PCs that use SSDs are already getting more expensive because of supply and demand pressures, and Toshiba's NAND flash sell-off could make things even worse.
The NAND flash memory that makes up speedy solid-state (SSD) drives has been going up in price as demand continues to outstrip supply. Not only are more machines being equipped with SSDs instead of the slower-spinning hard disk drive (HDD) of old, but SSDs are getting bigger and demanding more NAND flash modules.
What the industry needs is more NAND production, not less, and it appears that this might not be happening anytime soon. Toshiba is getting ready to sell off part of its own NAND flash production capacity in an effort to generate some cash, as Anandtech reports, and that could cause further consolidation of the industry that likely wouldn’t help with lowering prices.
Toshiba is the second-largest NAND flash memory producer behind Samsung, and it’s the only manufacturer that owns everything it needs to make a complete line of storage devices from SSDs to HDDs. Western Digital is the only other company that enjoys such a broad capability, and so it’s a likely suitor. Samsung, for example, can make SSDs by itself, but it can’t make HDDs, and Seagate can make HDDs but not SSDs.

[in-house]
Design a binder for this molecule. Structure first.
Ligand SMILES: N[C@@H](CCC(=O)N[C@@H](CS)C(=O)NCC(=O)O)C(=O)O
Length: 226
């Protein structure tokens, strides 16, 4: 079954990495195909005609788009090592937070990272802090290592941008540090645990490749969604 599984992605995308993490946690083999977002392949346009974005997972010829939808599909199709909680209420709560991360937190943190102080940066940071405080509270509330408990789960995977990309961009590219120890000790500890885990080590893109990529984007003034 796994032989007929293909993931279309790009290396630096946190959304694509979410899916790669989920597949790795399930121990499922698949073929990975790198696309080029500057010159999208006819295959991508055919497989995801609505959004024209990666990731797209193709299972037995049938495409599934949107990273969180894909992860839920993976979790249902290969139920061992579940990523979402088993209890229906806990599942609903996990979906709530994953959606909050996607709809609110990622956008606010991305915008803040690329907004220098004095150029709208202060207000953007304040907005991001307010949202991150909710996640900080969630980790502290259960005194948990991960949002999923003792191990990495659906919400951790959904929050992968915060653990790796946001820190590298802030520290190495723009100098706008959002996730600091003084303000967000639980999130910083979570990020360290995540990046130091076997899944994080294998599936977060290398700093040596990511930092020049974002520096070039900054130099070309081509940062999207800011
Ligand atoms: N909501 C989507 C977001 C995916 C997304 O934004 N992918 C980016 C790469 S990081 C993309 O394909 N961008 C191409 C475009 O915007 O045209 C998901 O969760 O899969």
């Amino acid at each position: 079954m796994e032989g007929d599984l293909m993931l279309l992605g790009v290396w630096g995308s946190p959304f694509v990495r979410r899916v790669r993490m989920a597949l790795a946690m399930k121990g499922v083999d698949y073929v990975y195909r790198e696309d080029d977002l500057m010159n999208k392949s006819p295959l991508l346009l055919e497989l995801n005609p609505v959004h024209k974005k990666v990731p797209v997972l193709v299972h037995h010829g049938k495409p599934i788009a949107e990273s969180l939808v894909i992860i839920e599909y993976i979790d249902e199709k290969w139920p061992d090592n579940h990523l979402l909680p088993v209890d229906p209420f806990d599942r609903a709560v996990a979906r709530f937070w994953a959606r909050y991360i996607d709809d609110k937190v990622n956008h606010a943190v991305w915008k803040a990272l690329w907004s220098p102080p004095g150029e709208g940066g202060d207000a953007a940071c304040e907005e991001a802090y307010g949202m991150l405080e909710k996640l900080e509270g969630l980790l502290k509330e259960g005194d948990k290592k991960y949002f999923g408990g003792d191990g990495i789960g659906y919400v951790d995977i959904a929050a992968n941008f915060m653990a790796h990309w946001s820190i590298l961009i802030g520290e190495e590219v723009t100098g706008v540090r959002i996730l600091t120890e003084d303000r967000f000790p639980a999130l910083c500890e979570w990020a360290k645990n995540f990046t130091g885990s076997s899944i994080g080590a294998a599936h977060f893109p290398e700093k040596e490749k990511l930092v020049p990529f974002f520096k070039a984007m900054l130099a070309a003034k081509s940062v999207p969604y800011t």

While it’s uncertain what the ultimate impact will be on the availability of NAND flash modules and thus the supply of SSDs — that depends on who purchases the estimated 20 percent equity stake in Toshiba’s NAND business — but it’s unlikely to portend an increase in capacity industrywide. Already, Toshiba and Western Digital are co-operators the world’s largest NAND flash production facilities, and so whether or not that joint venture continues will depend on the buyer.
Toshiba is suffering from a number of challenges in maintaining overall profitability, from recent accounting scandals to other unprofitable divisions that are impacting the company’s bottom line. This move is an effort to stem the bleeding, and it could very well result in SSD and other flash product markets that put even more of a squeeze on supply — with the natural result being continuing price increases.